A Massachusetts woman’s conviction for involuntary manslaughterwas upheld by that state’s high court after a lower court found her guilty of the charge after she encouraged her boyfriend by text messages to follow through on his suicide. The Massachusetts involuntary manslaughter law is very similar to the law in California. Both states define involuntary manslaughter as act not intended to cause the death of another person but was committed in such a careless way that a death of another occurred. In Massachusetts, the act is defined as “wanton and reckless conduct,” while in California it is defined as “without due caution.”
Some typical examples of involuntary manslaughterinclude the Dr. Conrad Murry/Michael Jackson case where the doctor prescribed what ultimately was a lethal dose of a drug. Another example might be where a worker dies due to a dangerous condition in the workplace and the owner was aware of that condition.
But the Massachusetts case is not the typical manslaughter case. In that case, the young woman’s boyfriend parked his truck in a parking lot and then diverted carbon monoxide from the truck into the cab where he was sitting. He started to have second thoughts and texted his girlfriend. Instead of talking him out of it, she egged him on, telling him to get back in the truck and finish the job. Her text messages included statements such as “the time is right” and “your family will understand and accept it.” Apparently, her boyfriend had been struggling with depression, which made him a “vulnerable person” according the Massachusetts court. The high court found that the “coercive quality” of the young woman’s text messages overwhelmed the compromised willpower of the depressed boyfriend and had it not been for her encouragement, he would not have stepped back into his truck and killed himself.
Now, you might be thinking that makes sense. But the manslaughter law is not so cut and dry. The ACLU among others opposed this conviction on the grounds that it stretched the boundaries of the law and violated the constitutional right to free speech. The New York Times ran an opinion piece arguing that the young woman’s malicious speech did not constitute manslaughter. Unlike some states, Massachusetts does not criminalize the act of convincing someone to commit suicide. As noted by the ACLU and the New York Times piece, the court’s ruling was a “stunning defiance” against free speech principals and took great liberty with the manslaughter law.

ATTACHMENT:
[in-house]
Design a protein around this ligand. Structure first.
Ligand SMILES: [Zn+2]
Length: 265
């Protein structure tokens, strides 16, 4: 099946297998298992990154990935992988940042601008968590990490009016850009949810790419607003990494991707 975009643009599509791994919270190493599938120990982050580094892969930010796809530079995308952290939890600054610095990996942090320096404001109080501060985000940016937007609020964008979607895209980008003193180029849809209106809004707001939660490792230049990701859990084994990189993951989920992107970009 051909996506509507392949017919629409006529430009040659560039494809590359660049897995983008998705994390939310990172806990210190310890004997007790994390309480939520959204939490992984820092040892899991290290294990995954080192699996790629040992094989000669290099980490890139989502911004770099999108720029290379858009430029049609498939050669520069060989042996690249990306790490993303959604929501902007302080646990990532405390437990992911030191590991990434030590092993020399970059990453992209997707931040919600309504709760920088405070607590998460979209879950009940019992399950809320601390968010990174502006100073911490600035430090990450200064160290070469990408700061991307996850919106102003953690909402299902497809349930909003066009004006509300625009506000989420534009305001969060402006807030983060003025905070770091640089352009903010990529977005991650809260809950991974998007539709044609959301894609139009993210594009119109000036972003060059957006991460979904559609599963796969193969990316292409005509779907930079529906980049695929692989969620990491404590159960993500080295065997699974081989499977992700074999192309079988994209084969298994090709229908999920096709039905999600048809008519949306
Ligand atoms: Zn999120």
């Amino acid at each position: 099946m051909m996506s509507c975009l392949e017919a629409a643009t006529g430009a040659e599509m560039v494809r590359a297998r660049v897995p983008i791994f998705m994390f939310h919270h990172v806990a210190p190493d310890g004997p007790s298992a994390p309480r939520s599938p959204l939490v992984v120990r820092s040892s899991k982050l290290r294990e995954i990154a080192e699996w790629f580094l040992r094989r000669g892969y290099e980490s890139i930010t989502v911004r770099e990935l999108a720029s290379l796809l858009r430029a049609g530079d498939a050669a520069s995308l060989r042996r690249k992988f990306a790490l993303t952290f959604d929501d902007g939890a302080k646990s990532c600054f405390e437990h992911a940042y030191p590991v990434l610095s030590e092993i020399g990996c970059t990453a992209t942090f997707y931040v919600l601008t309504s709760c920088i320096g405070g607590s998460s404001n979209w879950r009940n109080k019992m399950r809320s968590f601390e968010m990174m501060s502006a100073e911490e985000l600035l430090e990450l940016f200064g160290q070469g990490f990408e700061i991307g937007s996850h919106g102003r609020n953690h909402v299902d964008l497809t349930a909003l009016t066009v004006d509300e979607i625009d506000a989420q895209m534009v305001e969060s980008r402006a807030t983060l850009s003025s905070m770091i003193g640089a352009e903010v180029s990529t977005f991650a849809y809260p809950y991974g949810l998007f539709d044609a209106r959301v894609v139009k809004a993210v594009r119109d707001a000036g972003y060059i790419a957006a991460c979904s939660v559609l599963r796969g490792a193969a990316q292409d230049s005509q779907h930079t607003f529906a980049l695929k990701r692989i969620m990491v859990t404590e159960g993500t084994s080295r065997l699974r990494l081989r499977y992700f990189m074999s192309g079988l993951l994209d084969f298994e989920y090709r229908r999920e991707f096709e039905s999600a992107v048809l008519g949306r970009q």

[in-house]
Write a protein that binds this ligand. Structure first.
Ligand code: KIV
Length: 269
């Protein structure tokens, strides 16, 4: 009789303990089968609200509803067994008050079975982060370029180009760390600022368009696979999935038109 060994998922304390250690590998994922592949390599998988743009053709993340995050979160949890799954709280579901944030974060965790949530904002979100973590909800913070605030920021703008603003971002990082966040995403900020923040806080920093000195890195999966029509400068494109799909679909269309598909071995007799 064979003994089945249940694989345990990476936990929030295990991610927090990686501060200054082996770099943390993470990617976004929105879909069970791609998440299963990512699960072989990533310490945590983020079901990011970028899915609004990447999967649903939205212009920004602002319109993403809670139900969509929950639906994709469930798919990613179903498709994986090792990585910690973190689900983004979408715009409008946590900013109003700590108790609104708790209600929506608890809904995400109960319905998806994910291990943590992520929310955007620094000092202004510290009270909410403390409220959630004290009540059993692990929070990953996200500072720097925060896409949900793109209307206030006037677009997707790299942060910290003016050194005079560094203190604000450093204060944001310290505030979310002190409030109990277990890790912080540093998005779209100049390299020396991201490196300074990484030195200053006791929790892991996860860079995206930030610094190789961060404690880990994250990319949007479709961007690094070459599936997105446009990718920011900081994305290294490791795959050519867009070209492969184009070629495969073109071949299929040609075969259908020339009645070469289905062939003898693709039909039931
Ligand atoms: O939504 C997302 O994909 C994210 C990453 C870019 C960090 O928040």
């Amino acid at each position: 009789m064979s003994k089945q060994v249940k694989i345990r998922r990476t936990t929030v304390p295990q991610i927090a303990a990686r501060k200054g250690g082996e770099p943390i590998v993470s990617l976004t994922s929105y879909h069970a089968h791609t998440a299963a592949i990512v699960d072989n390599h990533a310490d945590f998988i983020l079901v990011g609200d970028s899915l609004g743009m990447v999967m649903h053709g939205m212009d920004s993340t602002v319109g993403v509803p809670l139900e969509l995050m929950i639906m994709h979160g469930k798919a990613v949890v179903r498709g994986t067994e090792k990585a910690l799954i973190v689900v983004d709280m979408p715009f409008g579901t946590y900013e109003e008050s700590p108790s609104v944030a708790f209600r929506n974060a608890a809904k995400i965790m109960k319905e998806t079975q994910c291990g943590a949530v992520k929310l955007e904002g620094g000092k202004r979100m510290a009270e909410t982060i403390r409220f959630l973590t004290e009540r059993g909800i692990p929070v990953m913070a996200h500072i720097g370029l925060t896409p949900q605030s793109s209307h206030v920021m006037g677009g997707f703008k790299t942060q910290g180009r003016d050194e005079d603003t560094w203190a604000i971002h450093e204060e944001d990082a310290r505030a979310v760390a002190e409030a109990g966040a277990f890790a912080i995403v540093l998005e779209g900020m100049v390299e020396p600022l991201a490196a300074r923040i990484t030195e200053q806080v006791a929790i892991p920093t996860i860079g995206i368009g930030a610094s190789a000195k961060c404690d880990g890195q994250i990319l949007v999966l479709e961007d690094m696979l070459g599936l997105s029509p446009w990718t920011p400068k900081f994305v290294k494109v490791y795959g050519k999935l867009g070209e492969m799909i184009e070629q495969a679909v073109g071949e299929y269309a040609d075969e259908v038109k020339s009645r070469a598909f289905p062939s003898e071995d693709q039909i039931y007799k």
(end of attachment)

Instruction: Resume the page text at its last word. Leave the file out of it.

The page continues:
That brings us to the question: Can bullying, if it causes another person to kill themselves, justify a manslaughter charge? This will vary from state to state and so far, but there already have been some states that followed through on such charges. Many argue that a manslaughter charge is appropriate in such cases. But you can see how muddy the water can quickly get. Did the person who committed suicide do so only because of the bullying or were there other factors? How much individual choice should be ascribed to the suicidal person? In the Massachusetts case, the facts were more clear-cut, but this is most often not the case.
While this young woman’s conduct was reprehensible, did she actually cause the death of her boyfriend by her text message speech? The issue is not easily resolved and will most certainly be on many states’ agendas as we see the rise of cyber bullying.
Criminal defense attorney William Weinberg has been practicing in Orange County for 25 years. He will defend your rights to the full extent of the law. If you have a criminal matter you would like to discuss with Mr. Weinberg, he offers a free consultation. You may reach him at his Irvine office at 949-474-8008 or by emailing him at firstname.lastname@example.org